Ah, television… the “idiot box” of my youth that has become the Elysian Fields of my adulthood, where wunderkinds and veterans alike flaunt their talents in a collective output that is impressive indeed, even if, as I confessed in Part 1 of this series, Lessons from My TV: What I’ve Learned from The People’s Court, my television watching habits are perhaps not as fine tuned as they should be.
Still, my TV has delivered a wealth of entertainment and education right into my living room, and I appreciate that, which is why, focusing on the latter, I now present Part 2 of the series: Lessons from My TV: What I’ve Learned from Shark Tank.
Being passionate is not enough!
First, may I just say that that word gets tossed about so much lately that, like the word “amazing,” it is heading toward meaninglessness. Nonetheless, taken at face value it is a vitally important and deeply desirable attribute to bring to one’s work.
The thing is, however, its importance and desirability are mainly personal; having a passion to do something is ideally the reason why you do it to begin with, not the reason why someone else should facilitate your doing it, so it’s an insufficient selling point. Given the wonderful opportunity to speak directly to someone who might be willing to hire or invest in you, you will be far better served showing them how savvy, market aware, and deeply committed you are to your pursuit than you will be convincing them that you are passionate. Leave the passion to Nicholas Sparks.
Neither an under-valuer nor an over-valuer be.
That was not among the precepts Polonius shared with Laertes, but perhaps it should have been. Look, many of today’s business markets are oversaturated, and price wars are often the low-hanging differentiating fruit. I know this all too well because as a voiceover artist I now compete with every person who has ever been told she has a “good” voice and has access to a laptop with a built-in microphone, and that’s pretty much everyone!
But perceived value is a real thing, and one that will induce people to pay more than they would for a competing item or service just because they believe it is worth more. Remember this before you undersell yourself. Once you convince people that you are cheap, they will believe that what you offer is cheap as well, and the connotations of that word are not good.
On the other hand, avoid claiming to have value greater than you can prove to be deserved. There is always a reasonable threshold that once crossed puts you in a very bad light and makes you appear greedy, foolish, or both, the financial equivalent of being a braggart and a blow-hard in the schoolyard. In short order all the other kids will walk away and you’ll be left alone.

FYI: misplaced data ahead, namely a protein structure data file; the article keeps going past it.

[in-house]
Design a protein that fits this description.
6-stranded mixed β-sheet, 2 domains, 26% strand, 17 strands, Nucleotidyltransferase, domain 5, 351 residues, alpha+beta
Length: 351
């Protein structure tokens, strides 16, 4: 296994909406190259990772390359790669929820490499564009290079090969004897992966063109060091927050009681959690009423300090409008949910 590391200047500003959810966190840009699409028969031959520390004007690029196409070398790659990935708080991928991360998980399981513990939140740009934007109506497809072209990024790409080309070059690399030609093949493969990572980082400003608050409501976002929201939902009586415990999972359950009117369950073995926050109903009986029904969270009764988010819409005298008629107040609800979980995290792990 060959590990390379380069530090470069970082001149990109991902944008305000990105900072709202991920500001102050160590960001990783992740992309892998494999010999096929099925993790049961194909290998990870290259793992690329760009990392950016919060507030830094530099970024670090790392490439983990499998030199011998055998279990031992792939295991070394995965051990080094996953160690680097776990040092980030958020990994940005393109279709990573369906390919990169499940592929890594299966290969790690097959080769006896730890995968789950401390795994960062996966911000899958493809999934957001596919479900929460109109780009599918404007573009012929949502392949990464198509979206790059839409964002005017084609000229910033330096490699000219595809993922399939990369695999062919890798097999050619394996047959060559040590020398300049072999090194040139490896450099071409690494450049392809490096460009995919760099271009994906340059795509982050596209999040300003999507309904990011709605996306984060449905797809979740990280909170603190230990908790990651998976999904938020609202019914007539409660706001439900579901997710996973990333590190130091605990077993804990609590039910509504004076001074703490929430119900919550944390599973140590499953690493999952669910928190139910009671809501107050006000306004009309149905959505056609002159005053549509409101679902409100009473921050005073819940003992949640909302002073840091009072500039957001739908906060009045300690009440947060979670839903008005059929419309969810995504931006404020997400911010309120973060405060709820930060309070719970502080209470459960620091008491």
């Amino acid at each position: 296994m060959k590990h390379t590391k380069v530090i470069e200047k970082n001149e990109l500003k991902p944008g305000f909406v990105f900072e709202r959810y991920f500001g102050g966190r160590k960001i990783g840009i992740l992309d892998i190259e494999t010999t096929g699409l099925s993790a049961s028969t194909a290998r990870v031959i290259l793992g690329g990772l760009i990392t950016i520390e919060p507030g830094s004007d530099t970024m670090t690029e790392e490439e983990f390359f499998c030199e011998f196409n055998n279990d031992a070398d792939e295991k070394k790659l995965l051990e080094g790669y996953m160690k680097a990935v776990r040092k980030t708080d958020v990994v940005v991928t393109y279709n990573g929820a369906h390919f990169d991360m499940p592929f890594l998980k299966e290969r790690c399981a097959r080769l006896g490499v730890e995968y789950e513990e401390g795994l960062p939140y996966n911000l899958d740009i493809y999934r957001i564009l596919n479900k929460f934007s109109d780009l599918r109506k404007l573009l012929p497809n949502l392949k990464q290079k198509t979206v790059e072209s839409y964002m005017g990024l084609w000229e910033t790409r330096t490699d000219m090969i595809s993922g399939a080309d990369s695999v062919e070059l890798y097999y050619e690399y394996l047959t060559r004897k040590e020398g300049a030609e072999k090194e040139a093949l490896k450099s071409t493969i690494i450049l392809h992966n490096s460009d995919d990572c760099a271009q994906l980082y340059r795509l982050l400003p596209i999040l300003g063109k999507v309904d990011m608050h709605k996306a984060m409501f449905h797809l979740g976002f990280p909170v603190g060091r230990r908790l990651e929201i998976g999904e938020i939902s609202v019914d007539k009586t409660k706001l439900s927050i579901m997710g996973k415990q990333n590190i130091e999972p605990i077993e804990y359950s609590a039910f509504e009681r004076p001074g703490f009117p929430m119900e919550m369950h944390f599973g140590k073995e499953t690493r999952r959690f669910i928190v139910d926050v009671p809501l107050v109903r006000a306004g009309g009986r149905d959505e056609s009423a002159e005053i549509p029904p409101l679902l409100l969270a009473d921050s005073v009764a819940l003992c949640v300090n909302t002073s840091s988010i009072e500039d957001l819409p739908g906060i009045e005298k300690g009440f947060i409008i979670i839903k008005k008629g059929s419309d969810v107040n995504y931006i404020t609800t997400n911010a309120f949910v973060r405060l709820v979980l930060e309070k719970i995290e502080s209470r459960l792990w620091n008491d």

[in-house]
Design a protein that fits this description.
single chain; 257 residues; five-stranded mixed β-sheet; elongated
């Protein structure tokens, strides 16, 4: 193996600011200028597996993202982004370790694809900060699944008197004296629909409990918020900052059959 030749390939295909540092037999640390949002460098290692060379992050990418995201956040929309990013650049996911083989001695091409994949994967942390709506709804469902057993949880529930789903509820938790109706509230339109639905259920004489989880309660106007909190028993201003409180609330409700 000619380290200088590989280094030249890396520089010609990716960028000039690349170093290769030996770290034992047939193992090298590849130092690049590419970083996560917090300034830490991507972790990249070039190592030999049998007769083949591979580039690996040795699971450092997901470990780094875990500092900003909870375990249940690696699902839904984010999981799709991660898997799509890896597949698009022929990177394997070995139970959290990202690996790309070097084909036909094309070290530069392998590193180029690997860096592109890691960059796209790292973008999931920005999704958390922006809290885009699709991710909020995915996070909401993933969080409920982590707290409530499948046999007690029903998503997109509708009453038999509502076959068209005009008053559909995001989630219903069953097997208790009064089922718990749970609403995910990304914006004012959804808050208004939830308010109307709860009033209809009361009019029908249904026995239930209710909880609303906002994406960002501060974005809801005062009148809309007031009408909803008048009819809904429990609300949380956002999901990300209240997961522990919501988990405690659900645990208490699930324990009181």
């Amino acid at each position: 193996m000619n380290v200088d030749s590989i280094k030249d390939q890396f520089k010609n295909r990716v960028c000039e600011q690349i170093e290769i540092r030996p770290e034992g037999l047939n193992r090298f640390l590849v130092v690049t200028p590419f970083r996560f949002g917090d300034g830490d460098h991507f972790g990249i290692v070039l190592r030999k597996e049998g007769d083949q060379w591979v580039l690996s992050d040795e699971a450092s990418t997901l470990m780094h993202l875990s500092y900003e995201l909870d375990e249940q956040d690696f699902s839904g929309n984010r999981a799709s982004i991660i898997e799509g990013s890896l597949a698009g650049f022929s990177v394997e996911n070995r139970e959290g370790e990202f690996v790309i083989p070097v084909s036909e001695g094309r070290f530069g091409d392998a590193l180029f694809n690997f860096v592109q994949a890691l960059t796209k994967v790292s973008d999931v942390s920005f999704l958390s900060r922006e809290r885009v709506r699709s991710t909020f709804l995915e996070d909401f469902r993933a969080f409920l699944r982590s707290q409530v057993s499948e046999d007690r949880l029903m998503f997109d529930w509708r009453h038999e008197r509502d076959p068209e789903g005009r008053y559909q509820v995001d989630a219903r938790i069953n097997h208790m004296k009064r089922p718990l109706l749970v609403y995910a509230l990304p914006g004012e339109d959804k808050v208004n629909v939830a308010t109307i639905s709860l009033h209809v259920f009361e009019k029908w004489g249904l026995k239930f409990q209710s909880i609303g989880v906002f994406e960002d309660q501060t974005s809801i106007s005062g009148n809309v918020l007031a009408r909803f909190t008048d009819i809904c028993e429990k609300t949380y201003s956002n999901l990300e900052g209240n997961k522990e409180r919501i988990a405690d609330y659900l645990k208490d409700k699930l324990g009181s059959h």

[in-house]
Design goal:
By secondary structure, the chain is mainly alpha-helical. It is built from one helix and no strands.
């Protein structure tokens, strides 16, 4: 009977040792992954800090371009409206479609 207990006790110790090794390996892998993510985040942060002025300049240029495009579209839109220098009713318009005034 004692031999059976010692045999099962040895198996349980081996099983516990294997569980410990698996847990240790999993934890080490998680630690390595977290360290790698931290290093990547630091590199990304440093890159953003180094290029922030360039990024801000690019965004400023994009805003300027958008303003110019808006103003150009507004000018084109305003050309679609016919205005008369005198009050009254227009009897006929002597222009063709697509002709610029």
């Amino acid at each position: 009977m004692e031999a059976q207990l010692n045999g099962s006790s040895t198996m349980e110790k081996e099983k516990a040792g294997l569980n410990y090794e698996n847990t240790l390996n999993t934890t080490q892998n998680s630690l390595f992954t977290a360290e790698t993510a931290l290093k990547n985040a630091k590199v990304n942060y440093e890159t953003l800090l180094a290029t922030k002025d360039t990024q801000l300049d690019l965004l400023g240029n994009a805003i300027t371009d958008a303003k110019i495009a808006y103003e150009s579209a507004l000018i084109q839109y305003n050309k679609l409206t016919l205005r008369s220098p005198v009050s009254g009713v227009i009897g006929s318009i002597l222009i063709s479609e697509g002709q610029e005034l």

Never walk out of the Tank!
Obviously most of us will never be in the Tank, but the advice is as appropriate metaphorically as it is literally. The point is that you should never walk away, no matter how briefly, from a deal on the table, for it is very possible that the deal will be worse, if not altogether gone, when you get back. If someone is willing to negotiate with you for something that you want, keep working at it until the deal gets done. My father used to tell me that the best deals occur when both parties feel they got screwed just a little. He wasn’t the wisest man in the world, but that was very wise advice that I have always remembered, and watching Shark Tank has reinforced that lesson time and time again.
Never negotiate with yourself.
This one is as true in life as it is in commerce, and smart business people never veer from it: Once you’ve made an offer there really is nothing to be done until a counteroffer comes your way, and, yes, a flat-out rejection is a counteroffer as well. (Not a good one, but still…) Yet all too often we see nervous pitchers in the Tank recanting their hard line and sweetening a pot that no one has even touched yet. Don’t do it! Be prepared, know what you have to offer, and value it fairly. Then once you make a proposal, stick to your guns. Wait. Listen. And do not offer to trade in your guns until someone has shown you some actual other guns to consider.
When a handful of people tell you something is so, at the very least consider that it might be!
From the hothead who ignores everyone’s warning that trouble lies just ahead to the talent show singer who scoffs at the judges telling her she is tone deaf, there is no shortage of people willing to reject wholesale the good counsel of others. But if a group of people you trust, whether they be experts in their field or experts about you, are in a consensus of opinion, it is hubris or folly to disregard that opinion without giving it serious consideration first. Be open to possibilities. The opportunity will still exist to be guided by your own advice after you have mulled things over.
The millionaires and billionaires who occupy the Tank are a crafty, clever lot, and watching them negotiate countless televised pitches has been illuminating. But the final thing I could say I learned from watching all those would-be entrepreneurs haggle with the razor sharp, eponymous stars is something that I actually already knew. It’s a bit of wisdom I learned from my mom. She always told me there is a cost to everything in life, it’s just a matter of how you pay, and even on Shark Tank it’s not always with money.